The four main paths of yoga
The yogis understood that each one of us has a different temperament, different character and tendencies due to our past impressions or samskaras so they gave us four main paths to choose according to our own capacity and temperament. These four paths are described in the ancient and sacred Indian text, The Bhagavad Gita. Although apparently very different each of these paths lead to the same goal: Self-realization.
Jnana Yoga, the path of wisdom
For the philosophers, who naturally feel inclined to reflect on who the "I" is, where do we come from, where are we going to, the real nature of reality and so on, the path of wisdom or Jnana Yoga is the most suitable.
By using the intellect to contemplate on the nature of the Self the jnana yogi ultimately transcends the intellect developing the jnana or wisdom through intuition which destroys the veils of ignorance or avidya. The illusion of duality or the existence of subject and object disappears and the yogi become fully aware of the ultimate reality.
Suggested further reading:
Karma Yoga, the path of action
For those who are fully active in the world, involved in different kinds of works the path of action or Karma Yoga is the best. Karma yoga is a practical philosophy that we can all apply in our daily lives since we all have to inevitable perform actions or do some kind of work in this material world.
By working selflessly, with a sense of duty and without attachment to the fruits of work, constantly remembering that he is not the doer the karma yogi purifies his mind and becomes free from all bondage created by his actions until he attains the ultimate freedom of samadhi or Self-Realization.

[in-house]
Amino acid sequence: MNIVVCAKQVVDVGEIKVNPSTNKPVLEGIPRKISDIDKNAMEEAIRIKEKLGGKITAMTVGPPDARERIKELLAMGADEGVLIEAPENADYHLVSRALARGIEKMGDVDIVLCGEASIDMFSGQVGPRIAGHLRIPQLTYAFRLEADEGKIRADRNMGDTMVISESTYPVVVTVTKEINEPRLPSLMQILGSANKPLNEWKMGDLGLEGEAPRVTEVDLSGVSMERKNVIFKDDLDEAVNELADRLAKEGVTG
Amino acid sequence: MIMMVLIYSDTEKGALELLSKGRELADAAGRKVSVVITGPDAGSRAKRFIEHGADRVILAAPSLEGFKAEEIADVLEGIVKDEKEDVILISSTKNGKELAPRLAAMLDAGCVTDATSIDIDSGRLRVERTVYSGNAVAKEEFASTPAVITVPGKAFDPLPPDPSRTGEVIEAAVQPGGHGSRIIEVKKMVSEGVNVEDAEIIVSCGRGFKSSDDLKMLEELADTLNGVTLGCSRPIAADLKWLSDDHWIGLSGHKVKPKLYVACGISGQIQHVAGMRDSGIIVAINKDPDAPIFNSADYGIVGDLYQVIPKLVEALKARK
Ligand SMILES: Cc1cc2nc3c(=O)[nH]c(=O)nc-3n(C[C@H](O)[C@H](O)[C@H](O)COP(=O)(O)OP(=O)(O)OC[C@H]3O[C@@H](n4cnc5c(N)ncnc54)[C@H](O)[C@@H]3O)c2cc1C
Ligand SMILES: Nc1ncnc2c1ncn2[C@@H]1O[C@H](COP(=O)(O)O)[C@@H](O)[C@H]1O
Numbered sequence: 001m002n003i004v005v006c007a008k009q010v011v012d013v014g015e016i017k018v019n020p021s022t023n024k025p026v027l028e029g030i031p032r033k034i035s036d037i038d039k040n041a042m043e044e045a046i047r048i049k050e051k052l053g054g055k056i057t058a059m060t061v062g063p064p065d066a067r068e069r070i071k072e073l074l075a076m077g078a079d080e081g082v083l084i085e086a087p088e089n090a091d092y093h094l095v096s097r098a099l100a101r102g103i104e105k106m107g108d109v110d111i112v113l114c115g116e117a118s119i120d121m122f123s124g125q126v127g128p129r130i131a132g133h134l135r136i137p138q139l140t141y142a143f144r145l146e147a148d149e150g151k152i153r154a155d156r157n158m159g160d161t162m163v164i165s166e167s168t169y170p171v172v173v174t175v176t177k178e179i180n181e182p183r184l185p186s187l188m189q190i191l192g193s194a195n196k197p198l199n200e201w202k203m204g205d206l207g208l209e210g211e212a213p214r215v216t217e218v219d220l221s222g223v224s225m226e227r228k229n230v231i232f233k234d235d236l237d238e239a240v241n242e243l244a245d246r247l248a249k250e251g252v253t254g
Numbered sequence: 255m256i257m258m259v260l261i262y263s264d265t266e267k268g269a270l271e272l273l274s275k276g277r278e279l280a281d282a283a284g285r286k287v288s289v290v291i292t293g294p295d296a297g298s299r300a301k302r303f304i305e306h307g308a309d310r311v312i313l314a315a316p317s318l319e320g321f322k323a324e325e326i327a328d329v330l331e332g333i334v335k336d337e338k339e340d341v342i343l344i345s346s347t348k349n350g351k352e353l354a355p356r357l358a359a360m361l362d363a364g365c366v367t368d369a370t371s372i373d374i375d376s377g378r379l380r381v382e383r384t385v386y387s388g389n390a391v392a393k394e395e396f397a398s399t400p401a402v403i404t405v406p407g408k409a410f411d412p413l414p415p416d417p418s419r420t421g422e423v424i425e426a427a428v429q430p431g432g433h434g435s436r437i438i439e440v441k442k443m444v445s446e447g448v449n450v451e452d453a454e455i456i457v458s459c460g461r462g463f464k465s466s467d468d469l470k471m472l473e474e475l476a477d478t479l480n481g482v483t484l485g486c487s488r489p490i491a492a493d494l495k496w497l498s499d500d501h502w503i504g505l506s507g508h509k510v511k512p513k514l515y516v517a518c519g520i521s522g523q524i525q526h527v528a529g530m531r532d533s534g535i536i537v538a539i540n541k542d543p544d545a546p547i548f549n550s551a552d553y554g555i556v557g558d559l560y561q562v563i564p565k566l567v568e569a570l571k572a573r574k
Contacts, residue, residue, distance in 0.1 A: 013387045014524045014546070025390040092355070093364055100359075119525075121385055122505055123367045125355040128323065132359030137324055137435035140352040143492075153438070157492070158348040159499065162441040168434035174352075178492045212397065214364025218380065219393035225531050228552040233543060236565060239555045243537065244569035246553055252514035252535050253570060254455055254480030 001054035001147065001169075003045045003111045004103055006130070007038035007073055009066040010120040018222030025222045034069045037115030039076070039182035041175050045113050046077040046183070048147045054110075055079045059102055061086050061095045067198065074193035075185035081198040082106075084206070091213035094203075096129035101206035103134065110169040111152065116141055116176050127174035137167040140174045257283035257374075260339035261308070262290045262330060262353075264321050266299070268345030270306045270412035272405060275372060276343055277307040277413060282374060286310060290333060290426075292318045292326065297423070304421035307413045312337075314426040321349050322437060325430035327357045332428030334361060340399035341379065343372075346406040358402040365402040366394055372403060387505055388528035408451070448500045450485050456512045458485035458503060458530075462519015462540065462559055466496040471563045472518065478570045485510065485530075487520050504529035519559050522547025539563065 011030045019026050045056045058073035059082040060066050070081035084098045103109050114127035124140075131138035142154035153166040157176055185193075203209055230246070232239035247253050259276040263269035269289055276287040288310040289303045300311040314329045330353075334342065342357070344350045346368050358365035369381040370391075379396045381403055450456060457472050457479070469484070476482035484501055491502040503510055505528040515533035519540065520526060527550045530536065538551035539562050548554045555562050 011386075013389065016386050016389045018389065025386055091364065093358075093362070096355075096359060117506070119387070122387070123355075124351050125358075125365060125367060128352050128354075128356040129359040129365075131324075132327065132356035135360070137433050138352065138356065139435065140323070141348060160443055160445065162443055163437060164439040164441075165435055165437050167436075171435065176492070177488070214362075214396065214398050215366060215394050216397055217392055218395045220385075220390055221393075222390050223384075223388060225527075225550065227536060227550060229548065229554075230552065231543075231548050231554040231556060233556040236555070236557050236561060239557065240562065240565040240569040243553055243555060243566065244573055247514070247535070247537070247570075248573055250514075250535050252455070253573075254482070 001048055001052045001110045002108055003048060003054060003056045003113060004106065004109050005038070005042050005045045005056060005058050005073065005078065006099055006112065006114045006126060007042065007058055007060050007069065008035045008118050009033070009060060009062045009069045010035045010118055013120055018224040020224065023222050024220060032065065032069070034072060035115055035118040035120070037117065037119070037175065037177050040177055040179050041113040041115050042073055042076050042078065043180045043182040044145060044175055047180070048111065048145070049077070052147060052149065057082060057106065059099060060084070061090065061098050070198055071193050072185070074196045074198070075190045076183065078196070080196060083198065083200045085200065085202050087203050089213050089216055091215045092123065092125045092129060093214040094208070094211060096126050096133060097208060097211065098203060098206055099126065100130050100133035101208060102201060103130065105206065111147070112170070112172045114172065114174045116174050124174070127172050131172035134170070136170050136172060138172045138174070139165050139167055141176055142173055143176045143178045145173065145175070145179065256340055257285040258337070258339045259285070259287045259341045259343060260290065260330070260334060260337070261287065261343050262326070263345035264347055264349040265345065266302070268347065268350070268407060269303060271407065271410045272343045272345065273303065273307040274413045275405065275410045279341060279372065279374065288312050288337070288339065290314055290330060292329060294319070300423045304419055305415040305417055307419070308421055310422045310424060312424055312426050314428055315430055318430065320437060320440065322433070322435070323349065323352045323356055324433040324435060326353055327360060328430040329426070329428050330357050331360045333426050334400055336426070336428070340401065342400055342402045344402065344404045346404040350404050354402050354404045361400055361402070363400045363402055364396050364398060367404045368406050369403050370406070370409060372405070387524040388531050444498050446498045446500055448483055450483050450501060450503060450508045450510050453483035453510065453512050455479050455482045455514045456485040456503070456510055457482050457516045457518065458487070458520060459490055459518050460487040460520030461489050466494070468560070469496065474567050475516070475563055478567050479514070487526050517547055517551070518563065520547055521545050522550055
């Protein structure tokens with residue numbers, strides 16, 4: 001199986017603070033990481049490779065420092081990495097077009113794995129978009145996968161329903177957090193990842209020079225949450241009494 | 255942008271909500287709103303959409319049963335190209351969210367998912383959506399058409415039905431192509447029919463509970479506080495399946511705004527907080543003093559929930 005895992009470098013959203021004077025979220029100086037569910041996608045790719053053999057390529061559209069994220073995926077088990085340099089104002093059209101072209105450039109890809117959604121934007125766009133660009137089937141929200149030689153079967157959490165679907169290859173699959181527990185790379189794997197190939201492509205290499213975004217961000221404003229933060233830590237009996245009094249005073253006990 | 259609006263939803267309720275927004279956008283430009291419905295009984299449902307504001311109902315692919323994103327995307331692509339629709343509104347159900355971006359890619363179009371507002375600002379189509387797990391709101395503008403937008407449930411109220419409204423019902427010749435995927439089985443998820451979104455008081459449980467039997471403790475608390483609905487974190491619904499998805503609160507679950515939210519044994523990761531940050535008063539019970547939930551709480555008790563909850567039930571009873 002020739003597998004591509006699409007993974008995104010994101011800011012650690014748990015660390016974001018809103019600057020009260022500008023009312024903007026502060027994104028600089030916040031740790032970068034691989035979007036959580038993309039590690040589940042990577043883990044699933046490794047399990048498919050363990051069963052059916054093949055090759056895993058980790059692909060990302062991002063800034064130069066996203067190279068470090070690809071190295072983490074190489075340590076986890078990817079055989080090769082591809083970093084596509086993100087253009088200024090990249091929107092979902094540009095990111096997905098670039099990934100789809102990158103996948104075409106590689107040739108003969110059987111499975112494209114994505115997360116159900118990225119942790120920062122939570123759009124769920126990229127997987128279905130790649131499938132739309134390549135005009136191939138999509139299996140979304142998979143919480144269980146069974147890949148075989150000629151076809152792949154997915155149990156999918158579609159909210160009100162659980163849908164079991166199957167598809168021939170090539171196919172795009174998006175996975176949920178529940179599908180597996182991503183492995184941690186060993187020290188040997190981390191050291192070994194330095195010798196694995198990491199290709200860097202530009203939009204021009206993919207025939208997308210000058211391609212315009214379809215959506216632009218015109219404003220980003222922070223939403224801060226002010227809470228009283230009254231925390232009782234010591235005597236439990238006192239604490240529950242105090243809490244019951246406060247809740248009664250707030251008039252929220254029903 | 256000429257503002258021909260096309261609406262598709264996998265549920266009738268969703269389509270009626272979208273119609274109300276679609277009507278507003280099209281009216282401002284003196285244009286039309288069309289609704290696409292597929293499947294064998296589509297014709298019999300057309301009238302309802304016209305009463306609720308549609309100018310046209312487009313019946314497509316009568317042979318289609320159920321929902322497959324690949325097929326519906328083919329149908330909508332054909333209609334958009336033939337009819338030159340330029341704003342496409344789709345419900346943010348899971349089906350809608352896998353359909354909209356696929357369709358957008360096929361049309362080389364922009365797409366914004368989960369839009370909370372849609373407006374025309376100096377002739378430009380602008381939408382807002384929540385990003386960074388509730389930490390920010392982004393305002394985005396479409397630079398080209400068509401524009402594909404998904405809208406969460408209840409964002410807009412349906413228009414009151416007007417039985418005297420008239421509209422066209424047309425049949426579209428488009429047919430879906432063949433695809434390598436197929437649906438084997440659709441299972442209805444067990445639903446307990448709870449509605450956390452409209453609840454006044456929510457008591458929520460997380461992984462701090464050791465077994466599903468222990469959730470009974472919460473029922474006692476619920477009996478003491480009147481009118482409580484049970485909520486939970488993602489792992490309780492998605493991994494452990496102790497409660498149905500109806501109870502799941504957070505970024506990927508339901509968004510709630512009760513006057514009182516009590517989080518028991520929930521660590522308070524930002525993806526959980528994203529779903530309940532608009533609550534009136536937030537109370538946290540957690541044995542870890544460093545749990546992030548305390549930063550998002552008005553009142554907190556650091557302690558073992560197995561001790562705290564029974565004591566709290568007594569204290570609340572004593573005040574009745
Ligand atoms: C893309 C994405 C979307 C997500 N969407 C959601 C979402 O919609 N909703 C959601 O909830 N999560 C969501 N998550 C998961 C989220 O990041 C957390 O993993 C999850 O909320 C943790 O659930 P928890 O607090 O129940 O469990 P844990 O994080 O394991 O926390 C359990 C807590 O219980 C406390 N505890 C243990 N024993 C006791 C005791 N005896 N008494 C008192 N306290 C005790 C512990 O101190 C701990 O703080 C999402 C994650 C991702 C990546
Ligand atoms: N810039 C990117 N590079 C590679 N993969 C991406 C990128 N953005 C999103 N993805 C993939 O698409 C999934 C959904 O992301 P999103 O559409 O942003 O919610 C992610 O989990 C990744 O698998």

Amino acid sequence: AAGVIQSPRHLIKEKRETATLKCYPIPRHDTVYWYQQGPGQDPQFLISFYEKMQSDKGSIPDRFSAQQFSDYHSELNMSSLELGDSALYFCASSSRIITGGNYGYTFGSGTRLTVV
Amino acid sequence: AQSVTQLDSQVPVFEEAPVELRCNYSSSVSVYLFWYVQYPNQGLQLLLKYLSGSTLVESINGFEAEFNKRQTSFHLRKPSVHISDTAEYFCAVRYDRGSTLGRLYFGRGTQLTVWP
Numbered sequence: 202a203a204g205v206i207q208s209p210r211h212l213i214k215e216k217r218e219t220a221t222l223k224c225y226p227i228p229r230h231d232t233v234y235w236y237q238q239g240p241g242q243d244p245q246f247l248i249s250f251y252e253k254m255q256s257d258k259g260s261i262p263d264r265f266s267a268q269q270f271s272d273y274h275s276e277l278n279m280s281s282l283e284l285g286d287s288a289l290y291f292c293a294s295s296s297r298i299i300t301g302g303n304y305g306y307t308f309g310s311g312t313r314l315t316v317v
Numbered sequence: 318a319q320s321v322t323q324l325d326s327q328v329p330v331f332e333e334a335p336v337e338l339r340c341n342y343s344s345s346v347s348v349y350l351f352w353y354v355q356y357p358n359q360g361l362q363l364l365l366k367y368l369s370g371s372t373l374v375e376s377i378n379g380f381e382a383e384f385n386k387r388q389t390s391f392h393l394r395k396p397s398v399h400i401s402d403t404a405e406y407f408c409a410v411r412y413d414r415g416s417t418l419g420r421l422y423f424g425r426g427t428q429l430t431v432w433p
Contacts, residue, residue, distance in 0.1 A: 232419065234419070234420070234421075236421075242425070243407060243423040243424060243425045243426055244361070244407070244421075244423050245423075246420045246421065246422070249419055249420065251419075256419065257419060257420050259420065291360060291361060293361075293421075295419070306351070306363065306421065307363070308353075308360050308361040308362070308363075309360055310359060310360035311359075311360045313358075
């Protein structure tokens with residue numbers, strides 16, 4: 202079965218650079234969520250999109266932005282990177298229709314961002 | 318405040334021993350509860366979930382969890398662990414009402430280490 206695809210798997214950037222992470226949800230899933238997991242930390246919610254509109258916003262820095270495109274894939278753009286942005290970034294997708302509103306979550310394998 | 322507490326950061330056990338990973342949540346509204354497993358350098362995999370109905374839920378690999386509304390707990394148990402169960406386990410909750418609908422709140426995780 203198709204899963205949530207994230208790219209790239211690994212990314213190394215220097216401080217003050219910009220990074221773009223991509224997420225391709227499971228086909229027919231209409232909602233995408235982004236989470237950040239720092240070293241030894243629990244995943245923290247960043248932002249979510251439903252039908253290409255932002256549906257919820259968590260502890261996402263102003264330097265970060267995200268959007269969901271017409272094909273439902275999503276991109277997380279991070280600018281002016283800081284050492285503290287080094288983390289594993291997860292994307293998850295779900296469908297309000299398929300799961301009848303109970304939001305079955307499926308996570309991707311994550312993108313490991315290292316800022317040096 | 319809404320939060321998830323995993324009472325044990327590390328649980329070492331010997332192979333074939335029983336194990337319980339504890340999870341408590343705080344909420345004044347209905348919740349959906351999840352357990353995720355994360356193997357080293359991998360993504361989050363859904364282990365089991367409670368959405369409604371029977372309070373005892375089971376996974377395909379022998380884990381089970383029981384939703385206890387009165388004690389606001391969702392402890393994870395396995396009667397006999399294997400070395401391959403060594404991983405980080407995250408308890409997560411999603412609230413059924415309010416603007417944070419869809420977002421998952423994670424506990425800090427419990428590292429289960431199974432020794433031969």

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Bhakti Yoga, the path of devotion and control of emotions
For those who are of emotional and devotional temperament, who prefer to see the Divinity outside of themselves to be able to adore and prostrate at Her/His feet the path of devotion or Bhakti Yoga is recommended.
By using the power of emotions and directing them towards the Lord the yogi purifies his mind and develops concentration. That concentration on the form of his Lord (or on the devotional feeling towards the Lord) leads to a state of meditation until ultimately the devotee fully identifies with his Lord. Then there is no difference anymore between the devotee, the act of devotion and the Lord, they become One.
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Raja Yoga, the Royal Path
And for those who are mystics, inclined to discover the potential of the mind and will power by practicing the scientific techniques of concentration and breath control the Royal Path or Raja Yoga is their preference.
The essence of the Raja Yoga psychology and its techniques are described in Patanjali's Yoga Sutras and its core teaching is summarized in the Eight Limbs of Ashtanga Yoga. The Eight Limbs describe the preliminary practices for mental and emotional purification and the step by step process of meditation that leads to samadhi or Self-realization.